Forced Distance Learning Could Lead to a Resurgence of Traditional Math

By Michael Zwaagstra
Michael Zwaagstra
Michael Zwaagstra
Michael Zwaagstra is a public high school teacher and author of "A Sage on the Stage: Common Sense Reflections on Teaching and Learning."
April 6, 2020Updated: April 6, 2020


Schools across Canada are closed, and it looks like they may remain closed for the next few months.

To ensure students do not fall too far behind, teachers are setting up distance learning programs. These programs are, however, stopgap measures designed to ensure students keep learning during this emergency period. The reality is that, for most students, online instruction is a poor substitute for in-person teaching and learning.

While teachers are now designing programs, assessing student work, and responding to student questions, it is parents who will end up doing the hands-on work with their children. High school students might be able to work independently, but the vast majority of early years and middle years students will need a lot of parental support to keep learning.

This is no easy task for parents. Many parents have full-time jobs and are juggling schoolwork with their kids while doing their own work from home. Most aren’t able to spend several hours a day providing their kids with one-on-one tutoring. Parents are looking for ways to be more efficient.

This need could result in a positive benefit for students—a resurgence of traditional math taught by parents. Across the country, schools have pushed an inquiry approach to math, often known as discovery math, which de-emphasizes practice and memorization and encourages students to come up with their own ways of solving math problems.

Instead of ensuring students memorize their multiplication facts and learn the standard algorithms for addition, subtraction, multiplication, and division, discovery math encourages students to do open-ended word problems with no obvious answers. When faced with basic arithmetic, instead of figuring out the answer in their head or working it out on a piece of paper, students just pull out their calculators, punch in the numbers, and write an answer down.

Commonly used math textbooks such as “Math Makes Sense” and “Math Focus” exemplify this approach. Students are regularly asked to figure out a number of ways of solving even the simplest question. But the word problems in these textbooks are so convoluted that parents who work as accountants, engineers, or university math professors often have difficulty figuring out the correct answers.

Parents might be able to tolerate discovery math when the burden falls primarily on teachers. However, there is little chance that most parents are capable of teaching discovery math on their own. When faced with a basic multiplication question, parents aren’t going to do repeated addition, draw multiplication arrays, or help their kids invent a new algorithm. Instead, parents are going to show their kids the way they learned to do multiplication when they were kids.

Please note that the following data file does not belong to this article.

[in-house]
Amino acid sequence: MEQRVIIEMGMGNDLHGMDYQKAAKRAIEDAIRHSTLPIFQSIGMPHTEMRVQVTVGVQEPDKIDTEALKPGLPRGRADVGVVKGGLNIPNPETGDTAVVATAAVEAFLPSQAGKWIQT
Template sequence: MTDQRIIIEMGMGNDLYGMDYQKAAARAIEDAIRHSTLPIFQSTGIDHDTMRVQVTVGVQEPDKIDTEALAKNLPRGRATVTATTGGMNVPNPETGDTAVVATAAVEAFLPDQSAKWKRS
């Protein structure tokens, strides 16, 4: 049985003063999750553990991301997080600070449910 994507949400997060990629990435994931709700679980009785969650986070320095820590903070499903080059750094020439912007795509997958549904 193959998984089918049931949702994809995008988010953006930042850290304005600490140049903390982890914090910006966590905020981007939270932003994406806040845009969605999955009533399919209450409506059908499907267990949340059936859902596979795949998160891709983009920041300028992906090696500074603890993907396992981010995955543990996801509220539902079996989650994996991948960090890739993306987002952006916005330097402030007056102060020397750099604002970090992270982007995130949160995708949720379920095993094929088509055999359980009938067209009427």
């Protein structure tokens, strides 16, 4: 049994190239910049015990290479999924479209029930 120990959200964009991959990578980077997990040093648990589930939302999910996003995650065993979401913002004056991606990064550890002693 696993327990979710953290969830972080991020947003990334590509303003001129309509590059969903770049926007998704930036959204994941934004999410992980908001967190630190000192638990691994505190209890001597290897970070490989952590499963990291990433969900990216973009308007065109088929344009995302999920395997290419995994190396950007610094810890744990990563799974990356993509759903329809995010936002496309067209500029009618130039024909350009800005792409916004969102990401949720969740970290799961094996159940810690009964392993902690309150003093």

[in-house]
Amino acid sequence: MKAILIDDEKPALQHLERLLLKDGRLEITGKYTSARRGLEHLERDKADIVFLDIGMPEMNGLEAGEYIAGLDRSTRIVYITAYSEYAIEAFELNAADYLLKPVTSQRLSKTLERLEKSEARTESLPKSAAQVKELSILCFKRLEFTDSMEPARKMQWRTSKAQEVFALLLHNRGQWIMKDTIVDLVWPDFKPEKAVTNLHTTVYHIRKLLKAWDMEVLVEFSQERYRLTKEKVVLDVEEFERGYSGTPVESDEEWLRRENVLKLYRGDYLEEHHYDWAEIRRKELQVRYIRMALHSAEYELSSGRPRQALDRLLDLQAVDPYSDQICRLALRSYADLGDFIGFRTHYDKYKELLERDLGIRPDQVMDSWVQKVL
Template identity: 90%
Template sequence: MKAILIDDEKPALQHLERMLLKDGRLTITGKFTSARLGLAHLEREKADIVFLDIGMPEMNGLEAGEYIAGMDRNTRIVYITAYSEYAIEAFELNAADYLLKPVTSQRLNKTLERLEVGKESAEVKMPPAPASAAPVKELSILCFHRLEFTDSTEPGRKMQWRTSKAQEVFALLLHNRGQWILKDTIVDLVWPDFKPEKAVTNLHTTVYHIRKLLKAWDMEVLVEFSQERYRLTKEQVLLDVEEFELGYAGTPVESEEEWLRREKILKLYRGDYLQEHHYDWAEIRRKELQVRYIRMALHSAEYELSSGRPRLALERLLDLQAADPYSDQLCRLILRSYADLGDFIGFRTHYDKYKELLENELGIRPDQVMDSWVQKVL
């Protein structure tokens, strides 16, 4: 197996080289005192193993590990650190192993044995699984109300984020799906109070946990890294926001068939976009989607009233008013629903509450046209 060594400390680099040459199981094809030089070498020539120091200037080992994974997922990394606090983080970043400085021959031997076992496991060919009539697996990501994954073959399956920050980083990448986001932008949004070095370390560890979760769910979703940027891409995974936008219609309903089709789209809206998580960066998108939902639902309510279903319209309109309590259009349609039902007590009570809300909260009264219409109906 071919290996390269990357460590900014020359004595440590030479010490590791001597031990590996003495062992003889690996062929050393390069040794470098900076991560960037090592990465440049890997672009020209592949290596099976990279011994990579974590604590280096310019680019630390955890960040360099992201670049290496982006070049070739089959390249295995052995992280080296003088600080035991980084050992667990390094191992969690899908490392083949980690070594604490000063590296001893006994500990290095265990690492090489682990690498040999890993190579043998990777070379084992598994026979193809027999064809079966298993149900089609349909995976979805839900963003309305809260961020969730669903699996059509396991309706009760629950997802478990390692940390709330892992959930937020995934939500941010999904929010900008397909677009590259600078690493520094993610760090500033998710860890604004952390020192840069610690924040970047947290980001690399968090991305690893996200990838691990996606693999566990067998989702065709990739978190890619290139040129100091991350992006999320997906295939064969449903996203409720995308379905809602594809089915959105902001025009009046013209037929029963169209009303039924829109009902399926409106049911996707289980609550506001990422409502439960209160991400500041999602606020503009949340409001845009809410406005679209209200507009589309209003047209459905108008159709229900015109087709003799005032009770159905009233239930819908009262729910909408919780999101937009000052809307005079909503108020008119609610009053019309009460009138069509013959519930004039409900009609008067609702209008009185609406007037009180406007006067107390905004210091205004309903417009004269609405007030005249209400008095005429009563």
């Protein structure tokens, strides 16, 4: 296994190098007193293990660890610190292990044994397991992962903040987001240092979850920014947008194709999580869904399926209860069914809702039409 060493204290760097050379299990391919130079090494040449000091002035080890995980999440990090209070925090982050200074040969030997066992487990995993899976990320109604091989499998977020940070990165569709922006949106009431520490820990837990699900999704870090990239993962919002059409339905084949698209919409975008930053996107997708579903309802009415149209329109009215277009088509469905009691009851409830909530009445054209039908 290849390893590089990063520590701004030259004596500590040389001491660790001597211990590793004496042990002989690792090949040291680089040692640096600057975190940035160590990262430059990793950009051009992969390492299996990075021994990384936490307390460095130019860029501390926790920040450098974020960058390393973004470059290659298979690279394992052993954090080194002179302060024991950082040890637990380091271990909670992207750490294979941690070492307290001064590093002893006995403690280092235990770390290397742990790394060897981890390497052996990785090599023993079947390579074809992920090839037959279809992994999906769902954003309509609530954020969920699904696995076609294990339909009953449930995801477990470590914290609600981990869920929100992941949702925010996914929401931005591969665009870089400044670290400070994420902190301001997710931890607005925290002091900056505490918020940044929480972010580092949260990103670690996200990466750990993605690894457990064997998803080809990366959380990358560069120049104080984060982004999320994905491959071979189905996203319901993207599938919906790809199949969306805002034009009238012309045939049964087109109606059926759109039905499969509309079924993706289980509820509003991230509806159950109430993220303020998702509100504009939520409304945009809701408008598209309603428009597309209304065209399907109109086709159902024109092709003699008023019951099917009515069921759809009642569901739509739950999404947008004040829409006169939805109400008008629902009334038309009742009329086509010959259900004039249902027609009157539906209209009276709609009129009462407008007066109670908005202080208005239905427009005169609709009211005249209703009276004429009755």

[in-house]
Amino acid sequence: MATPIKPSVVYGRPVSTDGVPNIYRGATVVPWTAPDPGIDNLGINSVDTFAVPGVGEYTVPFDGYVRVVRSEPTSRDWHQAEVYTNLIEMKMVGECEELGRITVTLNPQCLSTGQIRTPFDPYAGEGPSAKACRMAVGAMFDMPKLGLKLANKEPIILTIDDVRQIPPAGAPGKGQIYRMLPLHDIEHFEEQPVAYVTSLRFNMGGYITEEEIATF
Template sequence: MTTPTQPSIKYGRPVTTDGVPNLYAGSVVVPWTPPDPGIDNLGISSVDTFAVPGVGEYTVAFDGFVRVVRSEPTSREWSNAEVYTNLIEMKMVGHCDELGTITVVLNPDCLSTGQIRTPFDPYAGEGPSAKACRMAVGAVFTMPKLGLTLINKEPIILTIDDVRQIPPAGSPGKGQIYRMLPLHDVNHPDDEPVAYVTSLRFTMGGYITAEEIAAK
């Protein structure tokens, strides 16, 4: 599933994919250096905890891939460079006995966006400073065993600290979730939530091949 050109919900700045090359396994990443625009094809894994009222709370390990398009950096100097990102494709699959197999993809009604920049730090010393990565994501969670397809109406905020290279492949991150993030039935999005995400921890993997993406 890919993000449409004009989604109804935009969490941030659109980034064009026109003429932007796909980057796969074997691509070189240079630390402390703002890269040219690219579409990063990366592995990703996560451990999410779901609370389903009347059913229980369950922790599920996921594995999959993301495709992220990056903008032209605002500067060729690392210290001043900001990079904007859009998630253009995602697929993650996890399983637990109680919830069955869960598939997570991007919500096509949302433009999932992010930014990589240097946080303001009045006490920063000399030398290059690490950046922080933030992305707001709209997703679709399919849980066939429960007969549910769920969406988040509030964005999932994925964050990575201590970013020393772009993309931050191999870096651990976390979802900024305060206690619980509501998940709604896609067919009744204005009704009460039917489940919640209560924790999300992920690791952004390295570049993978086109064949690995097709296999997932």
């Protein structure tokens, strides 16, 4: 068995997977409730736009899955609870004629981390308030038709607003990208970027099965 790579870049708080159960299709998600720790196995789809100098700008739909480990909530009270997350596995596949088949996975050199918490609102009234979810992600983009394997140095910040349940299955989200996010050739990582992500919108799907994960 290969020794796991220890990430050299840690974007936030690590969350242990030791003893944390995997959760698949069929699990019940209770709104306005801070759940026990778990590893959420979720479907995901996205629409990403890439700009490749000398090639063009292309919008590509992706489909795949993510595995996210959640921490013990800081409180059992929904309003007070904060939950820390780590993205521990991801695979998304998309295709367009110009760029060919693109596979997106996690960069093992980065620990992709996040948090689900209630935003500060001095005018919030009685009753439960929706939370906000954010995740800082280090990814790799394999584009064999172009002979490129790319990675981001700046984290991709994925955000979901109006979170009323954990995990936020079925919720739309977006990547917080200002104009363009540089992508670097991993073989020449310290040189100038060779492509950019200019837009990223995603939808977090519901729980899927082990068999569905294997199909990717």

It also won’t take parents long to discover that there are much better math resources available. For example, the Khan Academy makes thousands of instructional videos available online at no charge. Parents who take the time to watch some of the Khan Academy’s instructional math videos will quickly see some familiar concepts.

For example, the videos show how to add and subtract by placing one number on top of the other and working digit-by-digit from right to left. Multiplication is demonstrated using the standard vertical format while the traditional long division algorithm is consistently used as well. In fact, the standard algorithms for addition, subtraction, multiplication, and division feature prominently in these videos.

Given the choice between the endless headache of trying to teach discovery math to their children and the tried-and-true standard algorithms of traditional math, it’s not hard to imagine which option parents will choose.

It’s important to note that there is plenty of research that demonstrates the importance of practice and memorization, the very things downplayed by discovery math.

In their 2014 book, “Visible Learning and the Science of How We Learn,” education researcher John Hattie and cognitive psychologist Gregory Yates explain that students who do not know their basic math facts invariably struggle when they progress to higher levels of math. They also point out that using various strategies to solve simple questions such as 5 x 6 is a waste of mental energy since students should automatically know the correct answer.

In other words, not only is a traditional approach to math easier for both parents and their children, research shows it is more effective than learning math by a discovery approach. There’s no need for parents to struggle with convoluted math textbooks when much better resources are widely available on the internet.

Hopefully, parents will feel empowered to get their kids practicing the math skills they need. By cutting out the unnecessary fluff of discovery math, students will not only learn math more efficiently, they will be more successful. No child should be subjected to substandard math instruction.

Once they’ve experienced the success that comes from traditional math instruction, students aren’t going to want to return to discovery math when regular classes resume again. Nor should they have to.

Michael Zwaagstra is a public high school teacher and author of A Sage on the Stage: Common Sense Reflections on Teaching and Learning.

Views expressed in this article are the opinions of the author and do not necessarily reflect the views of The Epoch Times.